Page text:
Look, the easy sell on this record from the jump has been that Strugill Simpson made his blinding, post-modern version of ZZ Top’s ELIMINATOR, down to the fiery automotive artwork. It’s a nifty and smart left turn for Simpson, whose previous two albums represented brilliant creative highs that felt impossible to follow up, METAMODERN SOUNDS IN COUNTRY MUSIC a hyper-focused and insanely detailed piece of idealized country text that put him on the critical radar, and A SAILOR’S GUIDE TO EARTH, the earned, blown-out fusion of every sound that’s informed the genre without really fitting inside the country box. And so what do you do when you have no more worlds left to conquer? You say fuck it, hire a bunch of Japanese animation studios to make slick animations for your songs, release it through Netflix, and begin wading through the waters of New Wave-infused boogie and blues and otherworldly heartland synthrock. Watching the accompanying Netflix short film, while perhaps unnecessary contextually, nails the kind of dizzying tone that this record sets, with animation that’s simply tonal; both “Ronin” and “Remember To Breathe” set this slow, plodding thump, a groovy strut for the kind of sharp-dressed man that exists far outside this world. Once you hit the stride of single “Sing Along” things hit a level of surreal Southern dancefloor funk that certainly isn’t being peddled in mainstream arenas, let alone by artists as big as Sturgill Simpson. The whole thing is an impressive flex, a hilarious rejection of the “savior of modern country” tag he’d been subtly dodging for most of this decade while also a brilliant reaffirmation of exactly why people saw him as savior in the first place; SOUND & FURY is arguably one of the finest Southern rock records of the decade, if we’re even allowed to put it in a box like that, its build hitting fevery highs on tracks like the bugged-out disco dojo “A Good Look,” and driving rocker “Last Man Standing” is a raucous bar fight in the best way. Most of the cuts on this album sound like they could fit in the world of MAD MAX: FURY ROAD—that the Coma-Doof Warrior naturally looks and sounds like he could be playing guitar on this whole record is wholly symbolic of how badass this whole project is. If you like Sturgill Simpson, it’s gonna be a must- listen, but even if you’re not a country fan, this is his most quote-unquote “out there” release yet, and his most creatively ambitious project to date. [CJ Simonson]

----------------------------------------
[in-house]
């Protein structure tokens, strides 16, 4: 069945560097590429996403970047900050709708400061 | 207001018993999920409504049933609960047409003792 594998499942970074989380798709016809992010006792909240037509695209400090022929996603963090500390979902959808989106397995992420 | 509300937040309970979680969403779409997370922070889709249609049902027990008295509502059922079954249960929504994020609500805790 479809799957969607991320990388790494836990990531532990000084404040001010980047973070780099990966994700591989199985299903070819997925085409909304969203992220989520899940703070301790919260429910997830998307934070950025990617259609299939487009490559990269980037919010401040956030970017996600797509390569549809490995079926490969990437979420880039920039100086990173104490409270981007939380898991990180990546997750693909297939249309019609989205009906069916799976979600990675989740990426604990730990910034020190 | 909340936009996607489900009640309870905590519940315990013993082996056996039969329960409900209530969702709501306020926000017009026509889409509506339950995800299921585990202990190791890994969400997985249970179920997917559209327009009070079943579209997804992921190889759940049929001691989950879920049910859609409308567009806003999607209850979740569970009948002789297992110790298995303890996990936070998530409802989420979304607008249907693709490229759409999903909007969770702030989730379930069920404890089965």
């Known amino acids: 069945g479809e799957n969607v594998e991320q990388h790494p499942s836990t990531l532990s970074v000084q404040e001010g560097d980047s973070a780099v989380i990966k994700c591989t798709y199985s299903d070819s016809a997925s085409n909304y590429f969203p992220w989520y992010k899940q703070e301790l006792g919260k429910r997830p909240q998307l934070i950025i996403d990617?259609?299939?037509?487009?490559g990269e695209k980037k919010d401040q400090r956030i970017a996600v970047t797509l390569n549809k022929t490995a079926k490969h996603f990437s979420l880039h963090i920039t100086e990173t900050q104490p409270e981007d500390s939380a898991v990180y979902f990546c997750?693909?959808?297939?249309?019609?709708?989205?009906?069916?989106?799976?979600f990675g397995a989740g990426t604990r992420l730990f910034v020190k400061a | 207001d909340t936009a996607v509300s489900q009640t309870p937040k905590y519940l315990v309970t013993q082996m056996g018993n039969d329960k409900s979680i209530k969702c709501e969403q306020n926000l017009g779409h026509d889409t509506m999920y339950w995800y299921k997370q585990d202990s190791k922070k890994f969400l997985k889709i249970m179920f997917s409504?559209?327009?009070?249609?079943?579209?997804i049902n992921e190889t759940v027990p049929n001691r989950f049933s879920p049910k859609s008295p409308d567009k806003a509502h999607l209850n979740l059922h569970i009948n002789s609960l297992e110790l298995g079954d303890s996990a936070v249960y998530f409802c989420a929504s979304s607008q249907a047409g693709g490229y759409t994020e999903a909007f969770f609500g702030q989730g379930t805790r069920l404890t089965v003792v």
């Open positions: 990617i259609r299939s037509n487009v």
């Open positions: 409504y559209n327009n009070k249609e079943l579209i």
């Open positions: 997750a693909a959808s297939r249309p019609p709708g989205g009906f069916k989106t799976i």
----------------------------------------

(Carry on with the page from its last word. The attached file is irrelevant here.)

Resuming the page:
White Reaper – YOU DESERVE LOVE

Genre: Glam Rock, Power Pop

Favorite Tracks: “Real Long Time,” “Make It Right,” “Ring,” “You Deserve Love”

The trajectory of White Reaper is entirely unsurprising. Lo-fi garage rock on their self-titled debut evolved into crunchy, catchy blues rock on THE WORLD’S BEST AMERICAN BAND. Now they’ve further shed their garage rock roots in favor of a cross between the glam rock of Kiss and the New Wave-adjacent power pop of Cheap Trick. I should clarify that these are not unwelcome developments, as they pack their riffs with real exuberance and color and the solos are succinct yet fantastic, especially on cuts like “You Deserve Love” and “Real Long Time” that would make Thin Lizzy proud. Sadly, although keyboards are not a new element on YOU DESERVE LOVE, White Reaper chose a lot of poor tones and disjointed tempos this time around. The album opens poorly, with the incessant, nasal beeping on “Hawkwind” ruining some solid grooves, while “Saturday” dumps the guitars in the background in favor of stilted drippiness and “1F” carries a carnival squawk that is too staccato to carry the verses. It’s made even more galling when other songs use the instrument effectively, like the swirling arpeggios on “Might Be Right” that capture the same wonder of “Africa.” I continually find myself wanting more with White Reaper, a good pop rock band that is so close to being a great one if someone would just tell them that the synths can be given melody and drive to match their lead guitar work. That doesn’t make YOU DESERVE LOVE a bad album by any means, but it tantalizes you with greatness before sinking back to serviceable decency. [Blake Michelle]